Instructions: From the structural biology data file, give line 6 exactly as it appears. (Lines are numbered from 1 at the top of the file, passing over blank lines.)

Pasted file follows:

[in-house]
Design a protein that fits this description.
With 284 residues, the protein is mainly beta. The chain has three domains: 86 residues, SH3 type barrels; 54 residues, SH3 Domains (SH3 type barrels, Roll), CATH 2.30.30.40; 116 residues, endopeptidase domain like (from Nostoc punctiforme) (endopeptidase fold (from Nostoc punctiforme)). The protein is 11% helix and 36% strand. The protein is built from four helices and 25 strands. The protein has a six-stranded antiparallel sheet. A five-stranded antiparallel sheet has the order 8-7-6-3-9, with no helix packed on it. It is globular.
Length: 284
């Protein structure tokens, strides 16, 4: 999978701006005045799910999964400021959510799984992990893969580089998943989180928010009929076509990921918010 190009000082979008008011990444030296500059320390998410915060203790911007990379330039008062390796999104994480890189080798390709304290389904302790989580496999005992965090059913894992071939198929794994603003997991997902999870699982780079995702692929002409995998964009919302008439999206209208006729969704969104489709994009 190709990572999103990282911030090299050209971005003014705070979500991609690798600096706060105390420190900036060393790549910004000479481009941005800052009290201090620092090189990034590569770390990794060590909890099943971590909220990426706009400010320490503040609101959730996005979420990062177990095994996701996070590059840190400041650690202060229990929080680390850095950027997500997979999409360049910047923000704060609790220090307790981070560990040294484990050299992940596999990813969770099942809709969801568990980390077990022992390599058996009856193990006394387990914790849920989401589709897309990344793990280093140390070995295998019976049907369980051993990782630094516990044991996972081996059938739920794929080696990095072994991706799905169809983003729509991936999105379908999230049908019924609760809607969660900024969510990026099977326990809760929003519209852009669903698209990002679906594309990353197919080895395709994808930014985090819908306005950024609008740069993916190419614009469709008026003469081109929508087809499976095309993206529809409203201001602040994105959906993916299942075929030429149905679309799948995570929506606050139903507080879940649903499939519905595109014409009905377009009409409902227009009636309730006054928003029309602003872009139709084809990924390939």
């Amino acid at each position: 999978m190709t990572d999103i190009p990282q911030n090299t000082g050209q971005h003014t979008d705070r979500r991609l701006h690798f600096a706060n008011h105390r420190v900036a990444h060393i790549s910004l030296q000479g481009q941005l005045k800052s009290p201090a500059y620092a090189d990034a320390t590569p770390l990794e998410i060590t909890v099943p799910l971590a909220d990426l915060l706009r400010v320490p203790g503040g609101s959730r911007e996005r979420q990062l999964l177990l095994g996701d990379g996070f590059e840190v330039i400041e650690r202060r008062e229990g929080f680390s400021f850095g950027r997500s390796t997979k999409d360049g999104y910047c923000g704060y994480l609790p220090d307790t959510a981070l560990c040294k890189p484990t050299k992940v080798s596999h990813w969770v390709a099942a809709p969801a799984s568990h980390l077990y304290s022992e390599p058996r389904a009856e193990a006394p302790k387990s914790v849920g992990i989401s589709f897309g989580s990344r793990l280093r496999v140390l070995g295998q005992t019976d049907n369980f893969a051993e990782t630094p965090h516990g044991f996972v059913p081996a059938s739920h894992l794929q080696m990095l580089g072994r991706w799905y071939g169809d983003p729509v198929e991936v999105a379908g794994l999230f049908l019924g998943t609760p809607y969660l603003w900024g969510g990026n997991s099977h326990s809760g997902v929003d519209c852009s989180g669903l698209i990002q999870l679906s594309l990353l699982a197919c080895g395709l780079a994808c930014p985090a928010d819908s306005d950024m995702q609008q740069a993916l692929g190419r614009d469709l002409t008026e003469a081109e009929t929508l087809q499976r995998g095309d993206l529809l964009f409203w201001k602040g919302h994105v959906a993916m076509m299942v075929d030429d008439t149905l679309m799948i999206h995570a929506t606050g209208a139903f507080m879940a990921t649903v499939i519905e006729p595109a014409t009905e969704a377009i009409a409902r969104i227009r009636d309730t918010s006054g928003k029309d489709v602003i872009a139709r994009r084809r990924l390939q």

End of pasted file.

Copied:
């Amino acid at each position: 999978m190709t990572d999103i190009p990282q911030n090299t000082g050209q971005h003014t979008d705070r979500r991609l701006h690798f600096a706060n008011h105390r420190v900036a990444h060393i790549s910004l030296q000479g481009q941005l005045k800052s009290p201090a500059y620092a090189d990034a320390t590569p770390l990794e998410i060590t909890v099943p799910l971590a909220d990426l915060l706009r400010v320490p203790g503040g609101s959730r911007e996005r979420q990062l999964l177990l095994g996701d990379g996070f590059e840190v330039i400041e650690r202060r008062e229990g929080f680390s400021f850095g950027r997500s390796t997979k999409d360049g999104y910047c923000g704060y994480l609790p220090d307790t959510a981070l560990c040294k890189p484990t050299k992940v080798s596999h990813w969770v390709a099942a809709p969801a799984s568990h980390l077990y304290s022992e390599p058996r389904a009856e193990a006394p302790k387990s914790v849920g992990i989401s589709f897309g989580s990344r793990l280093r496999v140390l070995g295998q005992t019976d049907n369980f893969a051993e990782t630094p965090h516990g044991f996972v059913p081996a059938s739920h894992l794929q080696m990095l580089g072994r991706w799905y071939g169809d983003p729509v198929e991936v999105a379908g794994l999230f049908l019924g998943t609760p809607y969660l603003w900024g969510g990026n997991s099977h326990s809760g997902v929003d519209c852009s989180g669903l698209i990002q999870l679906s594309l990353l699982a197919c080895g395709l780079a994808c930014p985090a928010d819908s306005d950024m995702q609008q740069a993916l692929g190419r614009d469709l002409t008026e003469a081109e009929t929508l087809q499976r995998g095309d993206l529809l964009f409203w201001k602040g919302h994105v959906a993916m076509m299942v075929d030429d008439t149905l679309m799948i999206h995570a929506t606050g209208a139903f507080m879940a990921t649903v499939i519905e006729p595109a014409t009905e969704a377009i009409a409902r969104i227009r009636d309730t918010s006054g928003k029309d489709v602003i872009a139709r994009r084809r990924l390939q």